Read Part 1 here: Part 1: First Contact
Read Part 2 here: Part 2: Update

As I mentioned in Part 2, Louisiana has complicated school zoning laws so my wife had to go there two months before and try to find a house so we can close before we arrive.  Louisiana was going to allow us to use the Temporary Lodging Facility zip code but that placed our kids in undesirable schools.  We had to find the schools we wanted then find which housing communities are in that zone and then refine our search.

Our USAA-sponsored realtor had his site populated with houses in those zones, in our price range with the requirements we wanted so we had a good idea of what we wanted to see.  My wife flew in and saw a couple of houses that night.  The next day she saw more houses, and using Skype, we discussed her top three houses.  To her surprise, I picked one of the more pricier houses on her list and was her #1 choice.  The reason why I chose that is because all of the houses were comparable in meeting our requirements, but the more expensive one was actually a better value.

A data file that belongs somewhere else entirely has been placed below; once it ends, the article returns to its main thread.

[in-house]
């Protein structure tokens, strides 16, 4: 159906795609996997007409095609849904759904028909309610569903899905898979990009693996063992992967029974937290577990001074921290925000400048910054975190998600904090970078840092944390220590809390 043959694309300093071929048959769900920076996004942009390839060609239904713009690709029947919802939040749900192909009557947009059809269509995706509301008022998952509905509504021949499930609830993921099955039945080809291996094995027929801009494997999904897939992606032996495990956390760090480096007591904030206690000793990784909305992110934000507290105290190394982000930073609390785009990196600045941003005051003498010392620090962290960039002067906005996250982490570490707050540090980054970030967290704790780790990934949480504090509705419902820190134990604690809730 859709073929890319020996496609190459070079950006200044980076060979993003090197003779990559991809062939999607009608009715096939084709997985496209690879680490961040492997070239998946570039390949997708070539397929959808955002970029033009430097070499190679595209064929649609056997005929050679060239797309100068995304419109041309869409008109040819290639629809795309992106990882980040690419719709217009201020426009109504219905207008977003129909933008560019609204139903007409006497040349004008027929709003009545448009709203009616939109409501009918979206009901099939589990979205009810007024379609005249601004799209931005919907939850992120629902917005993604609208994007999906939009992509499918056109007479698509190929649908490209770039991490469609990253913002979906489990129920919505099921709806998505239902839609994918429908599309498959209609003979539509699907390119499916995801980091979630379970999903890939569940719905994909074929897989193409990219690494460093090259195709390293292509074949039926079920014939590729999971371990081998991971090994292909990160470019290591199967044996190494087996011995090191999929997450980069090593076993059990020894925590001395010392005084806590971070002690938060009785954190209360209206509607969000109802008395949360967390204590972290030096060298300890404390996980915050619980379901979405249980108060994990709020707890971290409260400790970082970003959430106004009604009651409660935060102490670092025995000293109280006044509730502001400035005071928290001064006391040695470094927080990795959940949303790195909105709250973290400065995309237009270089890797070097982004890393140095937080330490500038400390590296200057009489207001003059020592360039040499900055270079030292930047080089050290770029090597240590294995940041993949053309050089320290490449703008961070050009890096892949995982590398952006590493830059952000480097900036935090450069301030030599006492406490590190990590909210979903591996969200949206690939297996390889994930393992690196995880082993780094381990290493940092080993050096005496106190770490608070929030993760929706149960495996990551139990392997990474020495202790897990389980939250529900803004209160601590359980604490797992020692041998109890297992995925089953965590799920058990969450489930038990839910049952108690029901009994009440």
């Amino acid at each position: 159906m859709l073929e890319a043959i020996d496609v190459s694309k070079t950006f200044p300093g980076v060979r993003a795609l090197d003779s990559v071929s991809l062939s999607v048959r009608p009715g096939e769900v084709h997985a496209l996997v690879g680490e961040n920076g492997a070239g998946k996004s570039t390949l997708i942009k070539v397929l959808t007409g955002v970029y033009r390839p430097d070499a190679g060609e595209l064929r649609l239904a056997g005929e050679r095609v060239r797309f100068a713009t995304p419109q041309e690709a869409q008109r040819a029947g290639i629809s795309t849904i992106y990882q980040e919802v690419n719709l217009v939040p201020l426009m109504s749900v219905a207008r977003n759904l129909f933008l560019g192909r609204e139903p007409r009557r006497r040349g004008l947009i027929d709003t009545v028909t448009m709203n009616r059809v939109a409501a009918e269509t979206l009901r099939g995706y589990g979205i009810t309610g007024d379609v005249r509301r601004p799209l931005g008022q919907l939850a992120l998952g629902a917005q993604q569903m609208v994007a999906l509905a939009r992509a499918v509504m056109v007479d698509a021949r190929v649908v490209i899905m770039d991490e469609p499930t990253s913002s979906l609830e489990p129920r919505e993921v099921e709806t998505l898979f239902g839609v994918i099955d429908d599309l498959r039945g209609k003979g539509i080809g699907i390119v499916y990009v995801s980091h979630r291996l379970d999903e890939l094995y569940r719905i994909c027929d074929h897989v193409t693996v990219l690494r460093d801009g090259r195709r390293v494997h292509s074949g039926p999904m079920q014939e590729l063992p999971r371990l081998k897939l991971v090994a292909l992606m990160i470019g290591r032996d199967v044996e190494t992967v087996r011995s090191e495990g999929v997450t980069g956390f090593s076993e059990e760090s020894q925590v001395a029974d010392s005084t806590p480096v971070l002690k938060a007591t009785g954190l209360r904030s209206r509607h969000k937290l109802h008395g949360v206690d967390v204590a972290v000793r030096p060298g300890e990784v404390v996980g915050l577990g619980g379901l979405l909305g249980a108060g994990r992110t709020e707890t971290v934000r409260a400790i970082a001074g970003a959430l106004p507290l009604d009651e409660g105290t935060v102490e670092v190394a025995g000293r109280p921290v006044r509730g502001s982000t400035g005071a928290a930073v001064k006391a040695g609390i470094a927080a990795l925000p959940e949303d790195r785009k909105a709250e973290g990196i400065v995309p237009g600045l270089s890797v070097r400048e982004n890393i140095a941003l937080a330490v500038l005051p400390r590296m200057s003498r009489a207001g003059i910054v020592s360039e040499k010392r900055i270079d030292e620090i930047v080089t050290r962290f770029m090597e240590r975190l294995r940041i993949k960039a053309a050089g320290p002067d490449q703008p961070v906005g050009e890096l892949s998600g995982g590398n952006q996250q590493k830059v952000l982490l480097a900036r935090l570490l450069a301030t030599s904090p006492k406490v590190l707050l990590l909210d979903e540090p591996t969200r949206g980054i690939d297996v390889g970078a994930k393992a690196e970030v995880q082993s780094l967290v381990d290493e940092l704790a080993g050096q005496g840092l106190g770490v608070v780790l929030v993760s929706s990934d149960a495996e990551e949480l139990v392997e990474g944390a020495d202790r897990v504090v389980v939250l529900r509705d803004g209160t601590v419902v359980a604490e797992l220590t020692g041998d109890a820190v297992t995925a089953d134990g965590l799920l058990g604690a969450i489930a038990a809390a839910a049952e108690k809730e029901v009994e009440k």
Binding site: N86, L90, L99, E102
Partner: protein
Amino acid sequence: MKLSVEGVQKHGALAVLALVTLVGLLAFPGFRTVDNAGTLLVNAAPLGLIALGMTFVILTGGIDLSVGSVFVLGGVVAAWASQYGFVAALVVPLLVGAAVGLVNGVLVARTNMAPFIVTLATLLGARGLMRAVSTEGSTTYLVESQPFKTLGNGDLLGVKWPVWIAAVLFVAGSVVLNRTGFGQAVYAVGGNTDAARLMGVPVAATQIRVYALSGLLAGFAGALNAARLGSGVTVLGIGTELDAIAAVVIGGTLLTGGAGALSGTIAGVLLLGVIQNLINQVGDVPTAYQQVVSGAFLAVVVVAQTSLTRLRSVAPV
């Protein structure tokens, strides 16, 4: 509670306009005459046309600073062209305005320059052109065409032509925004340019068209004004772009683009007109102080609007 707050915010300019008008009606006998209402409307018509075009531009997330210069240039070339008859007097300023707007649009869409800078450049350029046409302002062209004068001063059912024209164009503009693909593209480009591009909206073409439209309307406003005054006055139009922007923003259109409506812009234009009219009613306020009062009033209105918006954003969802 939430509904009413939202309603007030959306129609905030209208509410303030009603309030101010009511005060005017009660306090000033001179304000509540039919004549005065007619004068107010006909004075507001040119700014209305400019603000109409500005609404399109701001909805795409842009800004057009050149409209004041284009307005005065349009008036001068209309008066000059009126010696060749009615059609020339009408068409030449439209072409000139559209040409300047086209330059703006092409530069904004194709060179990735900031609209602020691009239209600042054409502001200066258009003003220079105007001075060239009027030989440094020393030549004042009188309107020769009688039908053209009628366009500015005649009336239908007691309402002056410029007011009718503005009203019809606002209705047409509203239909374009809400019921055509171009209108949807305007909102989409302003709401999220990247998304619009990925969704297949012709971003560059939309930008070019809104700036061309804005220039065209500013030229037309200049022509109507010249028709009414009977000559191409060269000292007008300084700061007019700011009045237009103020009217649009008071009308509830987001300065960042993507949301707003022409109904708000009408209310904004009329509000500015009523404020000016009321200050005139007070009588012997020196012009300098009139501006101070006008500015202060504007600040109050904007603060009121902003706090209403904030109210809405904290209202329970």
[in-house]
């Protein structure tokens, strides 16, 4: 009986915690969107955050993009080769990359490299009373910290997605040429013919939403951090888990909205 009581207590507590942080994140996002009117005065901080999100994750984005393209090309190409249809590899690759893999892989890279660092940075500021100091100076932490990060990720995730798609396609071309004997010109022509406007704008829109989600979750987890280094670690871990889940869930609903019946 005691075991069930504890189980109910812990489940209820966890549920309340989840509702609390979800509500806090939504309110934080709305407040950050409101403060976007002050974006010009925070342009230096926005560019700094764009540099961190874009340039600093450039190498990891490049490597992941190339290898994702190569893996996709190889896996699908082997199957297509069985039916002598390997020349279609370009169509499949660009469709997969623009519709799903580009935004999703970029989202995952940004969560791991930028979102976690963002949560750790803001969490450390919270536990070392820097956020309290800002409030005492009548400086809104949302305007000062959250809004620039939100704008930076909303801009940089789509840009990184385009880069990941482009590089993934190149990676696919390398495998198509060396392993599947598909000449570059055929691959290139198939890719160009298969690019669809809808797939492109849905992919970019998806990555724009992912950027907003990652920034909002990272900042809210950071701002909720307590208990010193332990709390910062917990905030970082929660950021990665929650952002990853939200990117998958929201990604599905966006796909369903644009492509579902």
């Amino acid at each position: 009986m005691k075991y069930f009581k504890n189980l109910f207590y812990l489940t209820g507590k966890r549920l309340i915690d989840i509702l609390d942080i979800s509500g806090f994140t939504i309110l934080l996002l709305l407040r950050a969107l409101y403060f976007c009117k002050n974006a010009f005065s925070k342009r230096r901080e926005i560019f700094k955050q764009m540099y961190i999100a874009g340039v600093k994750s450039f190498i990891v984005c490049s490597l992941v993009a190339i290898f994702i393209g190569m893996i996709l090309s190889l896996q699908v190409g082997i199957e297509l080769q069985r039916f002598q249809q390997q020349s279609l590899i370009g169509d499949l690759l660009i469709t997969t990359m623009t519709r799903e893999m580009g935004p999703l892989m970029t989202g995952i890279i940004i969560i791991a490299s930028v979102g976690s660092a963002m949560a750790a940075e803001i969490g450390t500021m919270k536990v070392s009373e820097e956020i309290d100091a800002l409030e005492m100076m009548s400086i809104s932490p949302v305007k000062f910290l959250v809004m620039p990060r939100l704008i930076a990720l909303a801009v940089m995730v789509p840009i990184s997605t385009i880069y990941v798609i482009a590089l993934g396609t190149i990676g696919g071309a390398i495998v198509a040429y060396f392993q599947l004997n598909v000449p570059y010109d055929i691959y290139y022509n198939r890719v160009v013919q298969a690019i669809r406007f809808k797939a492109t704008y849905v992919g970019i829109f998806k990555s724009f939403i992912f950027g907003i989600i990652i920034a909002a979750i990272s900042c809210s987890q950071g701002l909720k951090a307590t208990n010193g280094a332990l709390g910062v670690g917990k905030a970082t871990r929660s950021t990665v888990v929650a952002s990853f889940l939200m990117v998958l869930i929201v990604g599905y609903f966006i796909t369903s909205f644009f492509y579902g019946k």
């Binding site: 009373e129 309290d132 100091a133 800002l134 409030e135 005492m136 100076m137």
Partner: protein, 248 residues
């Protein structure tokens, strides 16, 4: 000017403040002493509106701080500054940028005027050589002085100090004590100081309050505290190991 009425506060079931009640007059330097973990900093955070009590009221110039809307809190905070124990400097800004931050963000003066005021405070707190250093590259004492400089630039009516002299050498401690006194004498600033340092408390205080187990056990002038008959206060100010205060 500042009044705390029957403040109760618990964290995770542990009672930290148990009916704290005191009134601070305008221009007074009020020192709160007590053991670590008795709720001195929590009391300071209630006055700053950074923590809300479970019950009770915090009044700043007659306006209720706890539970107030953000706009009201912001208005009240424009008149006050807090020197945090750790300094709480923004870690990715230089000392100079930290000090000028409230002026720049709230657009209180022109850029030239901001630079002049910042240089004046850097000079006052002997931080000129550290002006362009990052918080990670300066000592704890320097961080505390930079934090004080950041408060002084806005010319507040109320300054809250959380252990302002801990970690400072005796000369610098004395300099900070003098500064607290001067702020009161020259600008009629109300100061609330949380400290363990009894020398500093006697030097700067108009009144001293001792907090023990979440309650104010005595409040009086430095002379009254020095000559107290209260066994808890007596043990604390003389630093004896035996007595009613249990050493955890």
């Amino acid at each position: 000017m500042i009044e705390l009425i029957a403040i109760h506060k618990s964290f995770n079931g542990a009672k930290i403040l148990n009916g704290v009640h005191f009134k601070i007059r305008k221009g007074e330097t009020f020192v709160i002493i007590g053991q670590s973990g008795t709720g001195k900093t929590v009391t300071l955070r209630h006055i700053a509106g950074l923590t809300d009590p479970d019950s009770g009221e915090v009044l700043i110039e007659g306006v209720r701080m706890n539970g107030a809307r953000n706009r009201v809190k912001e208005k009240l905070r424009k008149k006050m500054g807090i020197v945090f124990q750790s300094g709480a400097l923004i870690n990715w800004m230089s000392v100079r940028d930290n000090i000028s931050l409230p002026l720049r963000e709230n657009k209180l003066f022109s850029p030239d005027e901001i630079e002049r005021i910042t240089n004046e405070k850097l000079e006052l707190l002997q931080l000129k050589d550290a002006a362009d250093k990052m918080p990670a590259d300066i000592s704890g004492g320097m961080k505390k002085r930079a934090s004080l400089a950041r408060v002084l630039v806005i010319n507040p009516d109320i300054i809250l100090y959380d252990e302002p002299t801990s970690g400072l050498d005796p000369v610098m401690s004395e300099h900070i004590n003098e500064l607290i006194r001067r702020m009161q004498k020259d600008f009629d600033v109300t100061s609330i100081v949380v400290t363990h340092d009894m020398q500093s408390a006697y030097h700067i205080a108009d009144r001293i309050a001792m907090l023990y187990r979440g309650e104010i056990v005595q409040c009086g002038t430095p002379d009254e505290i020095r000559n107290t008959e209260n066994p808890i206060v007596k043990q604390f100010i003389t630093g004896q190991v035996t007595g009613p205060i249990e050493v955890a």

The value of comparable houses is expressed in cost per square foot.  This house was only $125 a square foot versus $133 and $136 for the other two in her top three.  Based off asking prices, the average for the Barksdale AFB area was $135.  So I was getting this house for $10 a square foot cheaper; or a 7% discount to the area average.  Our realtor told us he would calculate all the prices of our top three and see what kind of flexibility we had.  The next day my wife told our realtor that we selected the more expensive one and he told us that the house's, we picked, price was just lowered so we didn't have any price flexibility.  But since the owners were trying to move out quickly, our offer was the asking price minus closing costs and to keep the hot tub (our realtor's idea, not  Our offer was accepted!